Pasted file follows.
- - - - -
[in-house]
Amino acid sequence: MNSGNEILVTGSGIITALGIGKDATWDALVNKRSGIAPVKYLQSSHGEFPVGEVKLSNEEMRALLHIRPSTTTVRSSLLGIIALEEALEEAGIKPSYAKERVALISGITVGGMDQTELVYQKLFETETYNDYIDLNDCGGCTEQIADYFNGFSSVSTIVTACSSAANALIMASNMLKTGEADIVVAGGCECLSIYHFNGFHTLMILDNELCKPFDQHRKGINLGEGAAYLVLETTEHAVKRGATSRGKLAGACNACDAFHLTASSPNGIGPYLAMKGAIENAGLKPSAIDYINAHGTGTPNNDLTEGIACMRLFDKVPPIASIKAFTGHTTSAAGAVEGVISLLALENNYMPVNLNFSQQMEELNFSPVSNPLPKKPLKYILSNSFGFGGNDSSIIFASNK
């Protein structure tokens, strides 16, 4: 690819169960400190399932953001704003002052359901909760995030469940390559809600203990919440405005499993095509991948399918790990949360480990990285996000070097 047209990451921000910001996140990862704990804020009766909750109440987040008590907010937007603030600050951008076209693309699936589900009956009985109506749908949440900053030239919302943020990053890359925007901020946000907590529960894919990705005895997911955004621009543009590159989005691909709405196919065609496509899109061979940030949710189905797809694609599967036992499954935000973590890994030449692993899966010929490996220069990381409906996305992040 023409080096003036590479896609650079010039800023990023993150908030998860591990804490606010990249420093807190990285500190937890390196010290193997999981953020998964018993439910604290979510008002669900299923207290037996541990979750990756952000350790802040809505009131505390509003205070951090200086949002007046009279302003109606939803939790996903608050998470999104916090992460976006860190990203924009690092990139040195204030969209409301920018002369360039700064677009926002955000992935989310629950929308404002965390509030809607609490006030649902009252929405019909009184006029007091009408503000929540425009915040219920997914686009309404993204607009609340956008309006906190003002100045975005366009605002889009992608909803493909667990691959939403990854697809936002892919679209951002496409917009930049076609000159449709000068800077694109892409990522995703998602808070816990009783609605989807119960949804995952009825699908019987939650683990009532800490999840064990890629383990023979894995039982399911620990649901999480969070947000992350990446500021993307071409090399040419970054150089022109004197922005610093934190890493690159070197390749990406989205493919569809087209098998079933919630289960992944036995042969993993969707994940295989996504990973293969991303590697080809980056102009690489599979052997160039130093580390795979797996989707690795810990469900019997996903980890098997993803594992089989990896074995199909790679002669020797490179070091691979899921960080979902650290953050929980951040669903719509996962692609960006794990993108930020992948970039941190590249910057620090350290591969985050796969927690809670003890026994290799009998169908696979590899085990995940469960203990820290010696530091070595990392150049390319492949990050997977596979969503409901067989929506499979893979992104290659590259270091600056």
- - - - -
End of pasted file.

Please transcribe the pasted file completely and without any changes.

[in-house]
Amino acid sequence: MNSGNEILVTGSGIITALGIGKDATWDALVNKRSGIAPVKYLQSSHGEFPVGEVKLSNEEMRALLHIRPSTTTVRSSLLGIIALEEALEEAGIKPSYAKERVALISGITVGGMDQTELVYQKLFETETYNDYIDLNDCGGCTEQIADYFNGFSSVSTIVTACSSAANALIMASNMLKTGEADIVVAGGCECLSIYHFNGFHTLMILDNELCKPFDQHRKGINLGEGAAYLVLETTEHAVKRGATSRGKLAGACNACDAFHLTASSPNGIGPYLAMKGAIENAGLKPSAIDYINAHGTGTPNNDLTEGIACMRLFDKVPPIASIKAFTGHTTSAAGAVEGVISLLALENNYMPVNLNFSQQMEELNFSPVSNPLPKKPLKYILSNSFGFGGNDSSIIFASNK
């Protein structure tokens, strides 16, 4: 690819169960400190399932953001704003002052359901909760995030469940390559809600203990919440405005499993095509991948399918790990949360480990990285996000070097 047209990451921000910001996140990862704990804020009766909750109440987040008590907010937007603030600050951008076209693309699936589900009956009985109506749908949440900053030239919302943020990053890359925007901020946000907590529960894919990705005895997911955004621009543009590159989005691909709405196919065609496509899109061979940030949710189905797809694609599967036992499954935000973590890994030449692993899966010929490996220069990381409906996305992040 023409080096003036590479896609650079010039800023990023993150908030998860591990804490606010990249420093807190990285500190937890390196010290193997999981953020998964018993439910604290979510008002669900299923207290037996541990979750990756952000350790802040809505009131505390509003205070951090200086949002007046009279302003109606939803939790996903608050998470999104916090992460976006860190990203924009690092990139040195204030969209409301920018002369360039700064677009926002955000992935989310629950929308404002965390509030809607609490006030649902009252929405019909009184006029007091009408503000929540425009915040219920997914686009309404993204607009609340956008309006906190003002100045975005366009605002889009992608909803493909667990691959939403990854697809936002892919679209951002496409917009930049076609000159449709000068800077694109892409990522995703998602808070816990009783609605989807119960949804995952009825699908019987939650683990009532800490999840064990890629383990023979894995039982399911620990649901999480969070947000992350990446500021993307071409090399040419970054150089022109004197922005610093934190890493690159070197390749990406989205493919569809087209098998079933919630289960992944036995042969993993969707994940295989996504990973293969991303590697080809980056102009690489599979052997160039130093580390795979797996989707690795810990469900019997996903980890098997993803594992089989990896074995199909790679002669020797490179070091691979899921960080979902650290953050929980951040669903719509996962692609960006794990993108930020992948970039941190590249910057620090350290591969985050796969927690809670003890026994290799009998169908696979590899085990995940469960203990820290010696530091070595990392150049390319492949990050997977596979969503409901067989929506499979893979992104290659590259270091600056």